Wednesday, February 16, 2011

Review - Tithing

Tithing: Test Me in This is a book by Douglas LeBlanc in the 'Ancient Practices Series' from Thomas Nelson Publishers. (Other titles in the series include Fasting, Sabbath, The Sacred Meal, and others).

Tithing takes a very different approach from other books on stewardship or giving in the church. Rather than teach about the practice of tithing, the authors shares the stories of about a dozen tithers. These people come from extremely diverse backgrounds, from pastor to best-selling author, social activists, liberals and conservatives. Those telling their stories find joy in generous giving in the face of tremendous need and from a desire to glorify God and know Him better. My favorite quote from the book refers to tithing and fasting and other practices as "training wheels towards learning how to fully live in the Kingdom." The quote comes from Randy Alcorn, author of The Treasure Principle. His story was one of the more interesting I found within the book.

While I thought the book was interesting reading, I found three issues that were problems for me in enjoying the book more. The first is that all the book talks about are stories of people who tithe. Distancing the practice of tithing so fully from the principles of tithing and the teaching of Scripture weakened the book. The second issue (a bigger one for me but which other readers may not be concerned about) was that the great variety in the backgrounds of the story-tellers was at times very distracting. In several cases, the rationale for tithing or the beliefs of the tithers was so different from an evangelical perspective that it hurt the credibility of the story. Right practices for the wrong reasons, or with an understanding of God that doesn't match the Bible, fails to be convincing as a source of truth. The third challenge was that the individual stories often touched on tithing only tangentially, as we learned more about the backgrounds and ministries of the people than about their experiences with tithing. Note that the author was clear that these were his goals: stories, not doctrine; diversity, not one voice.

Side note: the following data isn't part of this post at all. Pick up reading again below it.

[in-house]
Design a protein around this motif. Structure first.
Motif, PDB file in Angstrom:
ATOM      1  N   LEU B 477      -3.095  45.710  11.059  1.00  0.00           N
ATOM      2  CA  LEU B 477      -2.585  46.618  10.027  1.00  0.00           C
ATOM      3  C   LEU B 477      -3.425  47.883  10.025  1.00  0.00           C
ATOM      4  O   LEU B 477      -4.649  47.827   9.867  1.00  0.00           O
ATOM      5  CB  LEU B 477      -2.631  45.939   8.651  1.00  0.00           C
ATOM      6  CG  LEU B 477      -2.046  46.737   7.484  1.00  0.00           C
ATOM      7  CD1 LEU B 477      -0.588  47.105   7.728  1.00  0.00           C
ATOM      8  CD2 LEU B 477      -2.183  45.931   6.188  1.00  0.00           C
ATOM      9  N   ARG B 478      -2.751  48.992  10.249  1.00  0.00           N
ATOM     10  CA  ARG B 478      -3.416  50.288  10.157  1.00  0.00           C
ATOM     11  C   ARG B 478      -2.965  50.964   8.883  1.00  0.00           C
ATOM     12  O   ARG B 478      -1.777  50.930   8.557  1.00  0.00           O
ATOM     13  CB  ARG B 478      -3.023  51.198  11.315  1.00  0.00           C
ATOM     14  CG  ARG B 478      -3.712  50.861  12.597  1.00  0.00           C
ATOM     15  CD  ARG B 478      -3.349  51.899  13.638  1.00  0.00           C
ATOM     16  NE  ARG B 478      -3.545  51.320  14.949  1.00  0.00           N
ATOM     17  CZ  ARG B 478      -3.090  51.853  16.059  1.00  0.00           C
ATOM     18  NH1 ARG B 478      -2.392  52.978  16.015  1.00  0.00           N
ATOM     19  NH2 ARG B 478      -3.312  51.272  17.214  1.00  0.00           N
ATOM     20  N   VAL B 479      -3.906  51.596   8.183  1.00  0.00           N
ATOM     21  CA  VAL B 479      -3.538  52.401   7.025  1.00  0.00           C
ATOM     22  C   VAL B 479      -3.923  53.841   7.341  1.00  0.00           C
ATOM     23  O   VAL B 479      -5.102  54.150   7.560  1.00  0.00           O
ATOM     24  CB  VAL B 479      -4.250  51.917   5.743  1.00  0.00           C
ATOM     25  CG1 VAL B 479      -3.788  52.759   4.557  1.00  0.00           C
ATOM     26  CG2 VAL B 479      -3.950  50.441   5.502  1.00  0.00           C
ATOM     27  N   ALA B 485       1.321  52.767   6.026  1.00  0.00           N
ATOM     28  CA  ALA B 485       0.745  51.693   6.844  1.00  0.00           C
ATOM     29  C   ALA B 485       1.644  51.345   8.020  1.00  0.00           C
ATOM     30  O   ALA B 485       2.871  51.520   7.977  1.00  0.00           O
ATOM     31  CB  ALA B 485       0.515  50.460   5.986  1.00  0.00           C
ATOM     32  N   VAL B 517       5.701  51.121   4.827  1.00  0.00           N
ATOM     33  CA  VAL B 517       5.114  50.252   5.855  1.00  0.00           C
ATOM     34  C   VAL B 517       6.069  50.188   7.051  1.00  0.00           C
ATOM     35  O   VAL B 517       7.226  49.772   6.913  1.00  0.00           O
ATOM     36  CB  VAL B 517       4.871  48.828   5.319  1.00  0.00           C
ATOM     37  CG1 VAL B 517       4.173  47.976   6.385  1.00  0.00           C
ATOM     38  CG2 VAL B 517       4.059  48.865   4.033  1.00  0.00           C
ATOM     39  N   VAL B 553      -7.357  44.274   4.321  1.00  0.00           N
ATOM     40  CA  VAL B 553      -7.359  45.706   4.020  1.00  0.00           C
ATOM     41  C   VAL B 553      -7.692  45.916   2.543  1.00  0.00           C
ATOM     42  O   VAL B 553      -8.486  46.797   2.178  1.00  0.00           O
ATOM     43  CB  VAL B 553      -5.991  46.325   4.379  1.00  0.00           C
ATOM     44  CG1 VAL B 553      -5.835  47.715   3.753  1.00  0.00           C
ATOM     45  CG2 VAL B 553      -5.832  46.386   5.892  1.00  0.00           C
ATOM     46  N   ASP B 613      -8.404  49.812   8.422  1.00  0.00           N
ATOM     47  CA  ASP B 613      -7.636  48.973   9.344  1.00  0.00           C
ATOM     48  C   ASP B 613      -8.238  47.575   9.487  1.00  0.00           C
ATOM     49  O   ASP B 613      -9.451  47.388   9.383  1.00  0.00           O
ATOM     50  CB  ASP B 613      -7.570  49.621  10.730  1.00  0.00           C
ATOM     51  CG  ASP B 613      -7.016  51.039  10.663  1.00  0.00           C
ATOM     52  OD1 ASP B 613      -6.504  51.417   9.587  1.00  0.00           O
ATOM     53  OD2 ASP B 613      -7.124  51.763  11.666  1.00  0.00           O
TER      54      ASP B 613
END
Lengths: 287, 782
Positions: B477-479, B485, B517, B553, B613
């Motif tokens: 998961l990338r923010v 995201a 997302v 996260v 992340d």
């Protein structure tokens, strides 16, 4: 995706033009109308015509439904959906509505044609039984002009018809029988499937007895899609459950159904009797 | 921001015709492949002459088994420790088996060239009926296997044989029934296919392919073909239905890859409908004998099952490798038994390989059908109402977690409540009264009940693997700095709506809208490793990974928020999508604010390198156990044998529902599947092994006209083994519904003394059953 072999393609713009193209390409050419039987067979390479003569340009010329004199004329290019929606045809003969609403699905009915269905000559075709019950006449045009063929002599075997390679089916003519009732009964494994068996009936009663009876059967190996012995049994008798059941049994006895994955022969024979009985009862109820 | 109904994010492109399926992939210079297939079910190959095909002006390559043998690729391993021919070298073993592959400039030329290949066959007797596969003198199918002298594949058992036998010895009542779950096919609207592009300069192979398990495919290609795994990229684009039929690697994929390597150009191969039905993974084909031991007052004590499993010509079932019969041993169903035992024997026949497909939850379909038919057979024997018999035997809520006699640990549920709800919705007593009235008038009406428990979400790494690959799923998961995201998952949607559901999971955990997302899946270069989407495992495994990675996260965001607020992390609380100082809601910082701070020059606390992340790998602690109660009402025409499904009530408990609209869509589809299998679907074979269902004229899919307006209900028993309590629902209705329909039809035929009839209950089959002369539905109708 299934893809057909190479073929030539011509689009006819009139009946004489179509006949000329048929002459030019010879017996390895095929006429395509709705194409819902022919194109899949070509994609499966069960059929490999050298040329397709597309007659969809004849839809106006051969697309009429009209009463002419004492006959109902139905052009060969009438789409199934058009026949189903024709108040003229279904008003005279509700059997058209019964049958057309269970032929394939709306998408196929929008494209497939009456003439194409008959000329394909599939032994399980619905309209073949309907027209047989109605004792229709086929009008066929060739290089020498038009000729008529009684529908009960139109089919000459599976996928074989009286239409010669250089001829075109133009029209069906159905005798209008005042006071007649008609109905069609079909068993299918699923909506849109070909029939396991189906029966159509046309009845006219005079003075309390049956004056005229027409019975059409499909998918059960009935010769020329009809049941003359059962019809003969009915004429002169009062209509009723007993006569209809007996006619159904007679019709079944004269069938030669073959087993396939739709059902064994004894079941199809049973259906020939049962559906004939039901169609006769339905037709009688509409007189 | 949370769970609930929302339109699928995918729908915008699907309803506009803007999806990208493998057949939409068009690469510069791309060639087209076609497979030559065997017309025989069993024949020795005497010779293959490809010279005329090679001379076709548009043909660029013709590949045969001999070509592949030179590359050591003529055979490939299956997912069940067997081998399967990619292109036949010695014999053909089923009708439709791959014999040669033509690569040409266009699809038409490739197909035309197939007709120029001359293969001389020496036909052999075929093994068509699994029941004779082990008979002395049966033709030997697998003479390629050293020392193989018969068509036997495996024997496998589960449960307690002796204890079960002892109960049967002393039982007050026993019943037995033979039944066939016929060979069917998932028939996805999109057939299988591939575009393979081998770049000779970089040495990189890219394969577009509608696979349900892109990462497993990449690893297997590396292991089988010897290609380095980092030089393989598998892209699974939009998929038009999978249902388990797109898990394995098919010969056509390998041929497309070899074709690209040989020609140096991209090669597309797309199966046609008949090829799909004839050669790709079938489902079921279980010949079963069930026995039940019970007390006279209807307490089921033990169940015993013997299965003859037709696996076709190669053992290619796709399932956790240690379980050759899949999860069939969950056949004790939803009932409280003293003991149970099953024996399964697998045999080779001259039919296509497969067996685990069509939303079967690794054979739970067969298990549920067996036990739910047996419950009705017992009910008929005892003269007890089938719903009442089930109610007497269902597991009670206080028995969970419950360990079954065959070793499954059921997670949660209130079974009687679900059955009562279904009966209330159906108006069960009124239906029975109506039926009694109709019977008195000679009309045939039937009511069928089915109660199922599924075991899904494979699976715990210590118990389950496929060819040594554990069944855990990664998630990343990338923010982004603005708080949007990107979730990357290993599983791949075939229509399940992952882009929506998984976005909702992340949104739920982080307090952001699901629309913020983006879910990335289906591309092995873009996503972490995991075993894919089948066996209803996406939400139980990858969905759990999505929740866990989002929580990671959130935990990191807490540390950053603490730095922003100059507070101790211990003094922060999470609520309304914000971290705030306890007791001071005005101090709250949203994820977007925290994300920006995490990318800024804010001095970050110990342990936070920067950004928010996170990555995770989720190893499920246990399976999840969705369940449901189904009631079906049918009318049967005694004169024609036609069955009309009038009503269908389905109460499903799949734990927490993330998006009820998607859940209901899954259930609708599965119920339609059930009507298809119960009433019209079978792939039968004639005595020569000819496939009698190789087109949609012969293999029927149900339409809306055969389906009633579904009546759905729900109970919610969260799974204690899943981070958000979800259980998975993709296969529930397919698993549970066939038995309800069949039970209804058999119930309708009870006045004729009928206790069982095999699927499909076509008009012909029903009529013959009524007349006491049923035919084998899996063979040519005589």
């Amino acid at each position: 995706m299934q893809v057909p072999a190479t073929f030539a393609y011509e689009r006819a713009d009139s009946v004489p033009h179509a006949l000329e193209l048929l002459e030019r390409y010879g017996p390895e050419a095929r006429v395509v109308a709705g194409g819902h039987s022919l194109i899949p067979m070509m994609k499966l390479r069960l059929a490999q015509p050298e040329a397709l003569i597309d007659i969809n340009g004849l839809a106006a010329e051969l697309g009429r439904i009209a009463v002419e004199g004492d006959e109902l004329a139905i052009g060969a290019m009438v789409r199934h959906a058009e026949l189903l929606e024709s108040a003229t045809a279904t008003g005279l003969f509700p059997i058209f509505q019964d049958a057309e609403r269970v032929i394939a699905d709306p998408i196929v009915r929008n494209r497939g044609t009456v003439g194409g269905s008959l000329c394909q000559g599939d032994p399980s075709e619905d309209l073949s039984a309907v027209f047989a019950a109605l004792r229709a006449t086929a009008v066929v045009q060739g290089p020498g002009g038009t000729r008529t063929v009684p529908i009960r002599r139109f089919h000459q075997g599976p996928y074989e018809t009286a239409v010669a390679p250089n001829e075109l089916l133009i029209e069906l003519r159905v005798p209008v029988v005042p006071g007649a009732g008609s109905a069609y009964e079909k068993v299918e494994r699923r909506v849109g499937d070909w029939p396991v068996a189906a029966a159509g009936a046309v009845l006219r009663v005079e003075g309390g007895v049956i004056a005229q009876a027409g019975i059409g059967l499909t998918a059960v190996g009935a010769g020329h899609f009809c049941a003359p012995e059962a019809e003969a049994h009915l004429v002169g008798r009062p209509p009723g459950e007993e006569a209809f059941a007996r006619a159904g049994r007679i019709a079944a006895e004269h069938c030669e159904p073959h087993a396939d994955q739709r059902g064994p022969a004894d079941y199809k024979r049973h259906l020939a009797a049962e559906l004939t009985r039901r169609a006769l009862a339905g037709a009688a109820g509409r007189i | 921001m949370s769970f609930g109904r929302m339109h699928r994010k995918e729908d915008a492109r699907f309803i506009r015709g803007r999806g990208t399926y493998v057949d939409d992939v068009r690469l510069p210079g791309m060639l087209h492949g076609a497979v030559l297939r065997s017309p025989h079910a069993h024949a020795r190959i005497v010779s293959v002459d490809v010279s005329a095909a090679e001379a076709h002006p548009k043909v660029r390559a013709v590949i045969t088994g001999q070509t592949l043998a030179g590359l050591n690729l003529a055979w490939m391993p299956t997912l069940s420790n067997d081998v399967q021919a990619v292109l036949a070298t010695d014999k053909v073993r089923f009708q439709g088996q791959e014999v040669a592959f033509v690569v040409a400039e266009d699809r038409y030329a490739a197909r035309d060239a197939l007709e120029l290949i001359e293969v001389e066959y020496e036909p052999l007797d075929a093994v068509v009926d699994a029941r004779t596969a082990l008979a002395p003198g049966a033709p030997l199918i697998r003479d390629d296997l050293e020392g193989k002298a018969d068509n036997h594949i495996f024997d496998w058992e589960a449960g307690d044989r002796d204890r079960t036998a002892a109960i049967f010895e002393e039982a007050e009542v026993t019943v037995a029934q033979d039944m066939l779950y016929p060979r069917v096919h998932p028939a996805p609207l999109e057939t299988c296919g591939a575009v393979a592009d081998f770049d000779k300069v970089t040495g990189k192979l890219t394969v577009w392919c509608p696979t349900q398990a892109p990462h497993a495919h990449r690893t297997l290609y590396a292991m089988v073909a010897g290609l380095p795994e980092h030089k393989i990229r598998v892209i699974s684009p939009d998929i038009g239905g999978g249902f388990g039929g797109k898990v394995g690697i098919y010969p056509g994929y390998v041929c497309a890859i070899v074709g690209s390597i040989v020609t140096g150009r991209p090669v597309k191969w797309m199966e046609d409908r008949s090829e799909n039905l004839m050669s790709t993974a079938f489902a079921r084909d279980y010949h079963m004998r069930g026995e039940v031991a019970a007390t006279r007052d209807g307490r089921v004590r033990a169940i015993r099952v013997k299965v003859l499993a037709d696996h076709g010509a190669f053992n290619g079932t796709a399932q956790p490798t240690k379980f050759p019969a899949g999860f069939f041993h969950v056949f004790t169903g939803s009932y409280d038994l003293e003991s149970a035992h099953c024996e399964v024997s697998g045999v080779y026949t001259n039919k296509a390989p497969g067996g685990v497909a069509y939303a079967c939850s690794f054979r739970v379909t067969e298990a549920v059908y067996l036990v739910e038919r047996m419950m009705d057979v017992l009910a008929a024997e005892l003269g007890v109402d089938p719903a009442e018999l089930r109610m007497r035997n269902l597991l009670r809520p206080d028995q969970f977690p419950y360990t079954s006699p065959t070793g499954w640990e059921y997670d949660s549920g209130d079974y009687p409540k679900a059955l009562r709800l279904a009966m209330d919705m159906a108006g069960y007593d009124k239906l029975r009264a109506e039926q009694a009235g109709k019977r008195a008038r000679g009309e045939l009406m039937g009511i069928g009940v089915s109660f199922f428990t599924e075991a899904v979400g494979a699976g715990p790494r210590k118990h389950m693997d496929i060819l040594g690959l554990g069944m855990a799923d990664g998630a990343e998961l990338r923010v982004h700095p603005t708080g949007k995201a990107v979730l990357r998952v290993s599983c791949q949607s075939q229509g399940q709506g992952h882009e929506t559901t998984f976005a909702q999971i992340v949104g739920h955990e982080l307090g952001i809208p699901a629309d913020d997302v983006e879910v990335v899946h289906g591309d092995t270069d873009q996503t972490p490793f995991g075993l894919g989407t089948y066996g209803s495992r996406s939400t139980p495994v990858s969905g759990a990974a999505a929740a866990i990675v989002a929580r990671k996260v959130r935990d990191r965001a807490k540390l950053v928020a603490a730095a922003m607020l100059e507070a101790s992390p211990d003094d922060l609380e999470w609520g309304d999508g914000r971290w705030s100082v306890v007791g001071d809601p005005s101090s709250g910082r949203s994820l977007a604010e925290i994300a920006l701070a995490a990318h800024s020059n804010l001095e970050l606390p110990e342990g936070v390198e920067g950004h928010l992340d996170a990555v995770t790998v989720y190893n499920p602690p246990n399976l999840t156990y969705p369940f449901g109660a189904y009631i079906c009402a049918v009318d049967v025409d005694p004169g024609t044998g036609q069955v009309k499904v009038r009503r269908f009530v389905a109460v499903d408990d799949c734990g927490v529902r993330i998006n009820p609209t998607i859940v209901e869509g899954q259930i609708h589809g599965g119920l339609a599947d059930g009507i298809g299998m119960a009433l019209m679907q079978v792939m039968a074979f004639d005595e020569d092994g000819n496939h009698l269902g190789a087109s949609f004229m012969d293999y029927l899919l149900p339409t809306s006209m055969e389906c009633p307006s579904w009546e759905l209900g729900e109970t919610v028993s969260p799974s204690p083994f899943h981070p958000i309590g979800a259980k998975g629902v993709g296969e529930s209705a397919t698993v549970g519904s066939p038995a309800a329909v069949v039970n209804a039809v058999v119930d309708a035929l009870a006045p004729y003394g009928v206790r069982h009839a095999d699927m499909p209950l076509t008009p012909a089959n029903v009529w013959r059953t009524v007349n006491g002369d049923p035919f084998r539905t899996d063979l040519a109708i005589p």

Overall, not bad but not a favorite. Your mileage may vary. Tithing is available at Amazon and other retailers.

Disclosure of Material Connection: I received this book free from Thomas Nelson Publishers for this review as part of their Book Sneeze Blogger Review Program. I was not required to write a positive review. The opinions I have expressed are my own. I am disclosing this in accordance with the Federal Trade Commission's 16 CFR, Part 255: "Guides Concerning the Use of Endorsements and Testimonials in Advertising".

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